Roast herring with bulghur and tahini sauce (serves 4):
- 4 large herring (or mackerel), gutted and cleaned
- 2 tbsp tahini
- 4 tbsp yoghurt
- Juice of one lemon
- 1 garlic clove
- 200g bulghur wheat, soaked in boiling water for 30 minutes and drained
- Two large bunches of spinach (or one large bag)
- 1 tbsp olive oil
- Seeds of half a pomegranate
- 1/2 tsp each cinnamon and allspice
- Salt and black pepper
Pre-heat the oven to 180C.
Crush the garlic with a pinch of salt in a pestle and mortar. Add the tahini and mix well, then add the lemon juice and yoghurt. Stir and mix to form a fairly runny sauce.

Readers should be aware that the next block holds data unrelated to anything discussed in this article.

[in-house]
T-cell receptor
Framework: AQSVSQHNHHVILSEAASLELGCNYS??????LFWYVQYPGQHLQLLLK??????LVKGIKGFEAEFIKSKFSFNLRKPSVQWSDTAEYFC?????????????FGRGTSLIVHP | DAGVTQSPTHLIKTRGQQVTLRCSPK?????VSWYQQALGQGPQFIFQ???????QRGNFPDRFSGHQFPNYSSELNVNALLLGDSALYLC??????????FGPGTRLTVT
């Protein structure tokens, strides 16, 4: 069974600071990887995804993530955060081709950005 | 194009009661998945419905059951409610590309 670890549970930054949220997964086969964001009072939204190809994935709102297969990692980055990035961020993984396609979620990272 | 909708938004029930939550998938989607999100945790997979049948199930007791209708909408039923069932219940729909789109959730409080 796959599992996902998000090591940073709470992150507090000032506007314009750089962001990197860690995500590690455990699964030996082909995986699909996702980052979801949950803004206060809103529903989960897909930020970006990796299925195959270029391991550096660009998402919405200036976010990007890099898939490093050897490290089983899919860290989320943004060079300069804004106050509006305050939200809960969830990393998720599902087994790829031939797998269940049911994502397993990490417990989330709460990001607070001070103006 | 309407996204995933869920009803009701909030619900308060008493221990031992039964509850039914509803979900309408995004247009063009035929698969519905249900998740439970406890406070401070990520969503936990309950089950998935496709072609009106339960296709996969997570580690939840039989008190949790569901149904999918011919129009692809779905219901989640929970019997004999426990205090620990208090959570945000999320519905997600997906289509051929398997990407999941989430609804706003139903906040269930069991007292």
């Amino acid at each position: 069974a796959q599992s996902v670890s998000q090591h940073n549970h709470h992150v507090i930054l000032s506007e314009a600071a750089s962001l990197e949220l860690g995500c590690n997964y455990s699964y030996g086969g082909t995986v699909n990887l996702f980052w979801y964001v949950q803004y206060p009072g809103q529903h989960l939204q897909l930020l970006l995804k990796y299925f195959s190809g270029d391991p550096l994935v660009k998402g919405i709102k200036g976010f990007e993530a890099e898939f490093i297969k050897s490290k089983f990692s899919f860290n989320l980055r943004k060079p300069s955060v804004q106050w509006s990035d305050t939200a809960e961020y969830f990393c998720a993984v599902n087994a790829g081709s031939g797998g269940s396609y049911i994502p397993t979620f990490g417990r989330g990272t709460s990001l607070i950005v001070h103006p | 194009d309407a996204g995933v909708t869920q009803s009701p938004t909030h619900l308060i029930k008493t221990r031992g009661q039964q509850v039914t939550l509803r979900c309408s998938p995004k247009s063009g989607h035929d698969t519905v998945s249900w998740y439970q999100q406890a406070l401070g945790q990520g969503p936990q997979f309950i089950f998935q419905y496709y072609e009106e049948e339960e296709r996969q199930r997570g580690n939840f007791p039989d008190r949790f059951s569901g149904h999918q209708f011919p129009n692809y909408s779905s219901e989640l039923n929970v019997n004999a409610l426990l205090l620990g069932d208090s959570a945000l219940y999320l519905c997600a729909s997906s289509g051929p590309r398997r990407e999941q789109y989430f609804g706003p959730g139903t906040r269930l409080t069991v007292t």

Roughly chop the spinach - if using a bunch you can use the stalks too if you chop them fairly finely. Heat the oil in a pan and sauté the spinach until it has wilted. Stir this into the bulghur, then add the cinnamon, allspice, pomegranate seeds and a generous amount of salt and pepper - taste to check the balance is right.
Lay the herrings on a sheet of foil on an oven tray and roast for about 15 minutes - they're ready when the flesh is opaque. Serve the herring on top of the bulghur with the tahini sauce poured on top and lemon wedges for squeezing over.